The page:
These are admirable identifications of the plight women faced in the first half of the 20th century, but if you read a few of the biographies of Beauvoir, or just the stunning and salacious recap of them in the New Yorker article Stand By Your Man—which chronicles the numerous seductions of vulnerable young women into dependent, sexual, triangular relationships between the women, Sartre, and Beauvoir—one can't help but think that she didn't want to stop women from being slaves in relationships so much as she wanted to be the master in one herself. Sartre "liked the company of women because he devoted much of his time to the business of seducing them." But Beauvoir appears to have felt the same.
We were two of a kind, and our relationship would endure as long as we did: but it could not make up entirely for the fleeting riches to be had from encounters with different people.
I suppose that's one form of equality, but one that is still dedicated to inequality itself. In interviews, "Beauvoir had flatly denied having had sexual relations with women; in letters, she regularly described, for Sartre, her nights in bed with women. The correspondence was filled with catty and disparaging remarks about the people Beauvoir and Sartre were either sleeping with or trying to sleep with, even though, when they were with those people, they radiated interest and affection. They enjoyed, especially, recounting to each other the lies they were telling. Their customary method was to adopt a very young woman as a protégée—to take her to movies and cafés, travel with her, help her with her education and career, support her financially. For Sartre and Beauvoir, the feeling that they were, in effect, sleeping with their own children must, as with most taboos, have juiced up the erotic fun." There were trysts with 16 and 17-year-old students, initiated by Beauvoir. Sartre spent two years seducing one student's sister when the student wouldn't play with him. They encouraged sexual relationships with other partners of ex-partners within this "family." The nihilist existentialists turned to mere hedonistic games to occupy their time on earth.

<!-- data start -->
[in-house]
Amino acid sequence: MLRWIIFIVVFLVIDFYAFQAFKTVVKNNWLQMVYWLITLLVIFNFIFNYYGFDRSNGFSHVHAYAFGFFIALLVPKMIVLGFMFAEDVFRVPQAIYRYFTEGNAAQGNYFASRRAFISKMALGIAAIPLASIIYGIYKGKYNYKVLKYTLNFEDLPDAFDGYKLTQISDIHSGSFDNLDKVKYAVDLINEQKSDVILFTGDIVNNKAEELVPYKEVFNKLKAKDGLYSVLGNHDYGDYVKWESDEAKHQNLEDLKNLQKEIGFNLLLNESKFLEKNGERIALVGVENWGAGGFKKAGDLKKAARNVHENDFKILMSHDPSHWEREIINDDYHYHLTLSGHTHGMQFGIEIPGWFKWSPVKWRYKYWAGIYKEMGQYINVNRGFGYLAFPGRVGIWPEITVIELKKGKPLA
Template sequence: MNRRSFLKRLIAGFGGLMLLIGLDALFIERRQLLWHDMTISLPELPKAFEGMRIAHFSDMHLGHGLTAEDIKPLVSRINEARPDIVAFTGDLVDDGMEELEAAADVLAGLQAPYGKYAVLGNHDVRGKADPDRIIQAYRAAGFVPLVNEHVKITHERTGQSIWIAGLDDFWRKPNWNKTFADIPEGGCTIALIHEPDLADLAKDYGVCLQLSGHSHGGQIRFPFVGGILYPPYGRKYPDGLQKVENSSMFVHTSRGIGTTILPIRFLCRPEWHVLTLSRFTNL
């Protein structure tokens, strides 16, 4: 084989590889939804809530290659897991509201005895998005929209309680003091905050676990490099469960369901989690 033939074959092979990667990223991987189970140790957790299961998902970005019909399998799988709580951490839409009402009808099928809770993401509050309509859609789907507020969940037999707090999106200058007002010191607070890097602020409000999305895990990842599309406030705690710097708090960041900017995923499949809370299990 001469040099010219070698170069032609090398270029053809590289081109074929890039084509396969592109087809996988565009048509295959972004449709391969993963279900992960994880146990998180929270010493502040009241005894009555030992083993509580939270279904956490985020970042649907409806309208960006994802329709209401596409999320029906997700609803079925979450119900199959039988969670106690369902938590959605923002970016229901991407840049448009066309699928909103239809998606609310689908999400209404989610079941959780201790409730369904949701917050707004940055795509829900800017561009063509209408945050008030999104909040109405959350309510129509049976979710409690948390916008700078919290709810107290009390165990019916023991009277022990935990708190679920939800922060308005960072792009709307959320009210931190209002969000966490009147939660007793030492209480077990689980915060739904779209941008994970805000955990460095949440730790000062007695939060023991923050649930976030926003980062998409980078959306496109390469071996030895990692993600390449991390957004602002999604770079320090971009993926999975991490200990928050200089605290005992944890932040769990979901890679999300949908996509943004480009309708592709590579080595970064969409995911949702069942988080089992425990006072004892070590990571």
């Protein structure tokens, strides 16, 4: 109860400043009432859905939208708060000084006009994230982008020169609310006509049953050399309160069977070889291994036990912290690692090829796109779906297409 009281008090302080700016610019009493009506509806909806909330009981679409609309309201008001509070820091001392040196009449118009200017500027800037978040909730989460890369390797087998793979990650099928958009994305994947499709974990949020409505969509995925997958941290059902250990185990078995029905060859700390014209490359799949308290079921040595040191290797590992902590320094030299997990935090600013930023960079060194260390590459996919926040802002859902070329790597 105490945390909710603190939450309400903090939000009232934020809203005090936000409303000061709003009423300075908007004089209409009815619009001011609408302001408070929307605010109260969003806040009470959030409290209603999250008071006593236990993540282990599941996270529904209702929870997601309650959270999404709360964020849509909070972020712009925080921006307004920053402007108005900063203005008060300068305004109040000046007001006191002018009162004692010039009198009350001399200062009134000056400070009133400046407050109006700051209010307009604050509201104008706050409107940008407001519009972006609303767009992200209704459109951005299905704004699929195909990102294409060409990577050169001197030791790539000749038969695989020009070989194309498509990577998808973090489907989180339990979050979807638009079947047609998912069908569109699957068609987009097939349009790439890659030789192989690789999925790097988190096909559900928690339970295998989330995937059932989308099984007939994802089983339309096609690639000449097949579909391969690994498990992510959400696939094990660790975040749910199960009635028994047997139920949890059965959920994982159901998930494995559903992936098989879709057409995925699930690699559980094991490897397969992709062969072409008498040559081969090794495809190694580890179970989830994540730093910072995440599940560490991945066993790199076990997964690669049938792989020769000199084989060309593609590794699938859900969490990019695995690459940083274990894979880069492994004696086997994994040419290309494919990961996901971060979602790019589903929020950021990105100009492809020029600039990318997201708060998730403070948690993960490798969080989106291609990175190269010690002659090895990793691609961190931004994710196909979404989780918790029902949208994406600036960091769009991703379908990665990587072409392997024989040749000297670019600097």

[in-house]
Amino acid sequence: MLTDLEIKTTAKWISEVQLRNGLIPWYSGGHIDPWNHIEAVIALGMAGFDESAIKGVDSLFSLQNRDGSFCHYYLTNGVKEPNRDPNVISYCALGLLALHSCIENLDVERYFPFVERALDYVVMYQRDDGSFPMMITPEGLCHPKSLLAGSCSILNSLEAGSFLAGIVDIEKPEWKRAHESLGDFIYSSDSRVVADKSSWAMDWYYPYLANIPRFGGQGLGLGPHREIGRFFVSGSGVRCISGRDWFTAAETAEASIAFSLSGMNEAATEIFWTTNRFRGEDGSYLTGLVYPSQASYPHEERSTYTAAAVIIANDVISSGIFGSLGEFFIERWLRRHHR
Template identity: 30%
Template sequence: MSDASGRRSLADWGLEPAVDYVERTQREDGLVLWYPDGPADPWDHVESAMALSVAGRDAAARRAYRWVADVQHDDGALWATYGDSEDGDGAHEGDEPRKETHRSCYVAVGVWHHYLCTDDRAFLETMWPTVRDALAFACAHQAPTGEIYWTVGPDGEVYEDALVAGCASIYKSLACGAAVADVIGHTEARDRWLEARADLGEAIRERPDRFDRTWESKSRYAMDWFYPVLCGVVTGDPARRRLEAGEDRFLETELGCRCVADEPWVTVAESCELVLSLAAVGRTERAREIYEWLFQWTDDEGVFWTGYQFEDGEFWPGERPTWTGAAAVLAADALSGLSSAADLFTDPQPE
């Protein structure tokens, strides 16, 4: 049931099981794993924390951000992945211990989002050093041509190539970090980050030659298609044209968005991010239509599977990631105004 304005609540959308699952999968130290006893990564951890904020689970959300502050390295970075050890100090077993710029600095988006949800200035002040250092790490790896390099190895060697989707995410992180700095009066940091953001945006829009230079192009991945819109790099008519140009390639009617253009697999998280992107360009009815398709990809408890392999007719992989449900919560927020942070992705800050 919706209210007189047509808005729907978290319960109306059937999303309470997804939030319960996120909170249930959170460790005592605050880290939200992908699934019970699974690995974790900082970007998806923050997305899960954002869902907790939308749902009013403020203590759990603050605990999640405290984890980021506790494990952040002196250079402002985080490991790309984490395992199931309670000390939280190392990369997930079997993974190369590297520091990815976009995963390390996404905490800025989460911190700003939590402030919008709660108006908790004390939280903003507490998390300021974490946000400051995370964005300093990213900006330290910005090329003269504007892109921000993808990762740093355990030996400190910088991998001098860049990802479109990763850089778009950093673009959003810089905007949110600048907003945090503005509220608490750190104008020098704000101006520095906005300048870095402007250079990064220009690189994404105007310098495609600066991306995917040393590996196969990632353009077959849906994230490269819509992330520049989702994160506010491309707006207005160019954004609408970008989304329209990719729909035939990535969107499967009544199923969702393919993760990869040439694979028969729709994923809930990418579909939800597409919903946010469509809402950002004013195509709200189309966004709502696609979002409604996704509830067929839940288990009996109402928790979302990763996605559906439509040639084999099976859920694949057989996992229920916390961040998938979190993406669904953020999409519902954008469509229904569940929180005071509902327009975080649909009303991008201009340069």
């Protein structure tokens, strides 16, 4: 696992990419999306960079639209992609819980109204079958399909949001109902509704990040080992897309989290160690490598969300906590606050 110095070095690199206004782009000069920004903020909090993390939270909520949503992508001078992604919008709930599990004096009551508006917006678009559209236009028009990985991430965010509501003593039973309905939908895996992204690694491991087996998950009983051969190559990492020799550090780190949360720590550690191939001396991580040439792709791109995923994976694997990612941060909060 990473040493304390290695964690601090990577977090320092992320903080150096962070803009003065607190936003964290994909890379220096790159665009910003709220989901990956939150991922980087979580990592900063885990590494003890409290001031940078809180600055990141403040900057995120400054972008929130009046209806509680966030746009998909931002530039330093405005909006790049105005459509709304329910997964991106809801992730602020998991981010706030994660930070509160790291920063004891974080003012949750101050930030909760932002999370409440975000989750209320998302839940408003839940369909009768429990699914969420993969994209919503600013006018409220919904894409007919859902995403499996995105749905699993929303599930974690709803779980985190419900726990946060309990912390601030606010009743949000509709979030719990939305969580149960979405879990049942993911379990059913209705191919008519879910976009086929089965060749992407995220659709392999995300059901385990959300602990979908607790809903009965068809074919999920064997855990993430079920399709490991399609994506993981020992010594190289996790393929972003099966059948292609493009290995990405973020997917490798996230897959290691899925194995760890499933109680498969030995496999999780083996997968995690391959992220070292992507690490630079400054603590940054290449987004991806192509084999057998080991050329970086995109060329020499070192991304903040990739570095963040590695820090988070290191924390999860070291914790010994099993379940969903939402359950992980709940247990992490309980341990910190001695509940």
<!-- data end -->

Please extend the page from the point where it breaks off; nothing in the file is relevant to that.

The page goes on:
This reminds me of a movie I watched this week--The Great Beauty. It is a near-universally praised film (91% score on Rotten Tomatoes) that is so shallow its only claim to depth is that the protagonist will occasionally glance at all the bacchanalia of Rome's pseudo-intellectuals and give it a wry and knowing smile as if to wink at the audience about how very shallow it all is, only to have a mafioso criminal comment at the end that its because of men like him that the whole world keeps running. It all overwhelms me with sadness at the waste that relativism and nihilism has wrought on those who have the opportunity to be some of humanity's best examples. The wealthy, famous, and intelligent have so often squandered their lives on meaningless sex.